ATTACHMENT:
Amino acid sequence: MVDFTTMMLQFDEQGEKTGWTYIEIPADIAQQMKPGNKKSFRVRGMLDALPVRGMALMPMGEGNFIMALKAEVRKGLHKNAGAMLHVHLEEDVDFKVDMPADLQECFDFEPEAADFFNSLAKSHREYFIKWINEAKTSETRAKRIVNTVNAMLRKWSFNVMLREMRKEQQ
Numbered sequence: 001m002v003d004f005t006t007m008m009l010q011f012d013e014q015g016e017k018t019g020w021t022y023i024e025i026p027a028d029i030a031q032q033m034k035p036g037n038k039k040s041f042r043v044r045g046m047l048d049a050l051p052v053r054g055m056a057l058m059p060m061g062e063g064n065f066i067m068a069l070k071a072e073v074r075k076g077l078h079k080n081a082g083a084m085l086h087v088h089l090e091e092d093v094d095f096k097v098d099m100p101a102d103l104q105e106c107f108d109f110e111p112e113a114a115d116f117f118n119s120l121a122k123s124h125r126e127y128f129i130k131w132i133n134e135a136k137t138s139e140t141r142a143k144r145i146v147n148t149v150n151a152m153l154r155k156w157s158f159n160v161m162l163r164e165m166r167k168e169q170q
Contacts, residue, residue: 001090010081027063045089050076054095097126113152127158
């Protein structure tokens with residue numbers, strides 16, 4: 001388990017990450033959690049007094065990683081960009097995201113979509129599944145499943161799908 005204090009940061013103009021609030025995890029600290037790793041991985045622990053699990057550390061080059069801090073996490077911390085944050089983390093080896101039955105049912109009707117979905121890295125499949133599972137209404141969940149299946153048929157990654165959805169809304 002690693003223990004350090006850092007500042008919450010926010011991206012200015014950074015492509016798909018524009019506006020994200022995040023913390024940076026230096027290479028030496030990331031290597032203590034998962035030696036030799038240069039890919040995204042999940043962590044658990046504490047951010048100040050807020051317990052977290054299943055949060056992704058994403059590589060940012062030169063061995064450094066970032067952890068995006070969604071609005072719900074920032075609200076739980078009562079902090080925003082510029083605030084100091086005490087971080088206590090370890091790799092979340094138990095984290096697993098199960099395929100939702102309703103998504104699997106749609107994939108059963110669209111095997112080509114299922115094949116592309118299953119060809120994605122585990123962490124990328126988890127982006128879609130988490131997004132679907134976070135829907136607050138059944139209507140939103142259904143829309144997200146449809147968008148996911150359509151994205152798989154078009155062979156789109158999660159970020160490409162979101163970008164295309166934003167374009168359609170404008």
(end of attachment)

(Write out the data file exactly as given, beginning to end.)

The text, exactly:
Amino acid sequence: MVDFTTMMLQFDEQGEKTGWTYIEIPADIAQQMKPGNKKSFRVRGMLDALPVRGMALMPMGEGNFIMALKAEVRKGLHKNAGAMLHVHLEEDVDFKVDMPADLQECFDFEPEAADFFNSLAKSHREYFIKWINEAKTSETRAKRIVNTVNAMLRKWSFNVMLREMRKEQQ
Numbered sequence: 001m002v003d004f005t006t007m008m009l010q011f012d013e014q015g016e017k018t019g020w021t022y023i024e025i026p027a028d029i030a031q032q033m034k035p036g037n038k039k040s041f042r043v044r045g046m047l048d049a050l051p052v053r054g055m056a057l058m059p060m061g062e063g064n065f066i067m068a069l070k071a072e073v074r075k076g077l078h079k080n081a082g083a084m085l086h087v088h089l090e091e092d093v094d095f096k097v098d099m100p101a102d103l104q105e106c107f108d109f110e111p112e113a114a115d116f117f118n119s120l121a122k123s124h125r126e127y128f129i130k131w132i133n134e135a136k137t138s139e140t141r142a143k144r145i146v147n148t149v150n151a152m153l154r155k156w157s158f159n160v161m162l163r164e165m166r167k168e169q170q
Contacts, residue, residue: 001090010081027063045089050076054095097126113152127158
């Protein structure tokens with residue numbers, strides 16, 4: 001388990017990450033959690049007094065990683081960009097995201113979509129599944145499943161799908 005204090009940061013103009021609030025995890029600290037790793041991985045622990053699990057550390061080059069801090073996490077911390085944050089983390093080896101039955105049912109009707117979905121890295125499949133599972137209404141969940149299946153048929157990654165959805169809304 002690693003223990004350090006850092007500042008919450010926010011991206012200015014950074015492509016798909018524009019506006020994200022995040023913390024940076026230096027290479028030496030990331031290597032203590034998962035030696036030799038240069039890919040995204042999940043962590044658990046504490047951010048100040050807020051317990052977290054299943055949060056992704058994403059590589060940012062030169063061995064450094066970032067952890068995006070969604071609005072719900074920032075609200076739980078009562079902090080925003082510029083605030084100091086005490087971080088206590090370890091790799092979340094138990095984290096697993098199960099395929100939702102309703103998504104699997106749609107994939108059963110669209111095997112080509114299922115094949116592309118299953119060809120994605122585990123962490124990328126988890127982006128879609130988490131997004132679907134976070135829907136607050138059944139209507140939103142259904143829309144997200146449809147968008148996911150359509151994205152798989154078009155062979156789109158999660159970020160490409162979101163970008164295309166934003167374009168359609170404008």